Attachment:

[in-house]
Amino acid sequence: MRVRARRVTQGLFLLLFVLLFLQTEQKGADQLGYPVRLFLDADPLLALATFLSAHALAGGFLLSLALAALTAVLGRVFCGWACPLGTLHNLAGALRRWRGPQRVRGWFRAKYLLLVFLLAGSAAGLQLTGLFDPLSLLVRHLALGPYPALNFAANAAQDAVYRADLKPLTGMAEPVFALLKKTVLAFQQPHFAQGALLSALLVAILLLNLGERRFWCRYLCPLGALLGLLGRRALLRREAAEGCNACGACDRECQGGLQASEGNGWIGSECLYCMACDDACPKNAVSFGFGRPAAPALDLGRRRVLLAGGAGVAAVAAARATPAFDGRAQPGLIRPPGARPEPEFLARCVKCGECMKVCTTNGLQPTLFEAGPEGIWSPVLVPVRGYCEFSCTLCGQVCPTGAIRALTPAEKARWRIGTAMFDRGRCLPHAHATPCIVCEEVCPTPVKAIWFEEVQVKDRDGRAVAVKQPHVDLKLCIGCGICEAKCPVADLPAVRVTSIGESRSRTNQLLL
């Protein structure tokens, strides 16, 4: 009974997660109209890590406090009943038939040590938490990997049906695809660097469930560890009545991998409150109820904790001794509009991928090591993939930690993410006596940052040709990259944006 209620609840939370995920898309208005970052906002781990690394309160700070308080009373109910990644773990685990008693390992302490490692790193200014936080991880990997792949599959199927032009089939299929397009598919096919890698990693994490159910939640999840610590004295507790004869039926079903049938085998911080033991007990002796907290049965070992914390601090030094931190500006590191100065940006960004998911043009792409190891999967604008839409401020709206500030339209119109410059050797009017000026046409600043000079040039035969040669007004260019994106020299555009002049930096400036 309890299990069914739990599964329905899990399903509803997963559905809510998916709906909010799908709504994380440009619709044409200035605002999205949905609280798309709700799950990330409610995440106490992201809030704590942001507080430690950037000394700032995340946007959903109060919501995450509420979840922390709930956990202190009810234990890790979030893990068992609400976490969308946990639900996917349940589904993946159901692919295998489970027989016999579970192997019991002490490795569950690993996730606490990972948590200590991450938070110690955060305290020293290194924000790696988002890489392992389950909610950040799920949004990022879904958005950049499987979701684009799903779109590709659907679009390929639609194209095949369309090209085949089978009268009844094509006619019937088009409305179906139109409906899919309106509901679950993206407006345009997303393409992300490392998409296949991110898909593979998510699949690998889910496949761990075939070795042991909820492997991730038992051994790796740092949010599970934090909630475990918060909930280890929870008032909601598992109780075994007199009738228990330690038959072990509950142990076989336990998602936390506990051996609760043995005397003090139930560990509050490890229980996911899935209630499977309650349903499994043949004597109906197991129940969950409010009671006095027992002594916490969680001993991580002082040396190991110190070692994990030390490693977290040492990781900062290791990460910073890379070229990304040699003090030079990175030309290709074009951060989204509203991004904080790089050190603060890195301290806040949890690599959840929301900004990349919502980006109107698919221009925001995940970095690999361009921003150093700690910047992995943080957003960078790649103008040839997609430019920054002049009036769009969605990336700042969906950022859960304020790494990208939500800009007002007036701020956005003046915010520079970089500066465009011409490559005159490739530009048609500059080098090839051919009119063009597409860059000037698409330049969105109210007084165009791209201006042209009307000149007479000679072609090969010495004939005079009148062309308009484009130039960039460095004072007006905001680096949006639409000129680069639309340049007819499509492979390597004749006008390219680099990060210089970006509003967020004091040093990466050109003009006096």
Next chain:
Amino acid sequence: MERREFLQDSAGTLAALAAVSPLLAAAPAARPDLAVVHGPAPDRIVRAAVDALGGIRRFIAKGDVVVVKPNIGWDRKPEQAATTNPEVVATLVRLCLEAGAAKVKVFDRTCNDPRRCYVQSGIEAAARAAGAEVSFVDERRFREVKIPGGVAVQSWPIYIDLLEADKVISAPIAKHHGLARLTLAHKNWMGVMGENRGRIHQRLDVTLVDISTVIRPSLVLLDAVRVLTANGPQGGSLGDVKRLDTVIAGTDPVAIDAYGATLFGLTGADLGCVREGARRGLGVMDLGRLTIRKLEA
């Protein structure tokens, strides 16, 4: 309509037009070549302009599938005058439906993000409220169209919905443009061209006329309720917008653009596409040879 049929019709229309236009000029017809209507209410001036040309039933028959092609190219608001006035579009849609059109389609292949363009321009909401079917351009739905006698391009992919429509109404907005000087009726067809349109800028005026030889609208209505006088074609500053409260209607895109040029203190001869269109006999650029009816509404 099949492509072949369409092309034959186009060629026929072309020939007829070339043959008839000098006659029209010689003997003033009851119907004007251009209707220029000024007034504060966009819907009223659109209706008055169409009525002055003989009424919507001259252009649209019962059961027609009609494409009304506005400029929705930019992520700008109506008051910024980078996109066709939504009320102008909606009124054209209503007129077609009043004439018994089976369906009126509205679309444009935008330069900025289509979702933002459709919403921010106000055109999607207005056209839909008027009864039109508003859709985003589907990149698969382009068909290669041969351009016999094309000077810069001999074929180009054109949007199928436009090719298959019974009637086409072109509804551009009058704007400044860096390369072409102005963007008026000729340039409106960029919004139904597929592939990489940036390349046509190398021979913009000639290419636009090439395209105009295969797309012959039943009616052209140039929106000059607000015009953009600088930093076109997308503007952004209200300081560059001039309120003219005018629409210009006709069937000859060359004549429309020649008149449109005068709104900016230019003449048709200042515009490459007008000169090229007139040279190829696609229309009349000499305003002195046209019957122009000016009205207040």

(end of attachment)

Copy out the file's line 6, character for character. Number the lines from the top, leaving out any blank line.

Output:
């Protein structure tokens, strides 16, 4: 309509037009070549302009599938005058439906993000409220169209919905443009061209006329309720917008653009596409040879 049929019709229309236009000029017809209507209410001036040309039933028959092609190219608001006035579009849609059109389609292949363009321009909401079917351009739905006698391009992919429509109404907005000087009726067809349109800028005026030889609208209505006088074609500053409260209607895109040029203190001869269109006999650029009816509404 099949492509072949369409092309034959186009060629026929072309020939007829070339043959008839000098006659029209010689003997003033009851119907004007251009209707220029000024007034504060966009819907009223659109209706008055169409009525002055003989009424919507001259252009649209019962059961027609009609494409009304506005400029929705930019992520700008109506008051910024980078996109066709939504009320102008909606009124054209209503007129077609009043004439018994089976369906009126509205679309444009935008330069900025289509979702933002459709919403921010106000055109999607207005056209839909008027009864039109508003859709985003589907990149698969382009068909290669041969351009016999094309000077810069001999074929180009054109949007199928436009090719298959019974009637086409072109509804551009009058704007400044860096390369072409102005963007008026000729340039409106960029919004139904597929592939990489940036390349046509190398021979913009000639290419636009090439395209105009295969797309012959039943009616052209140039929106000059607000015009953009600088930093076109997308503007952004209200300081560059001039309120003219005018629409210009006709069937000859060359004549429309020649008149449109005068709104900016230019003449048709200042515009490459007008000169090229007139040279190829696609229309009349000499305003002195046209019957122009000016009205207040």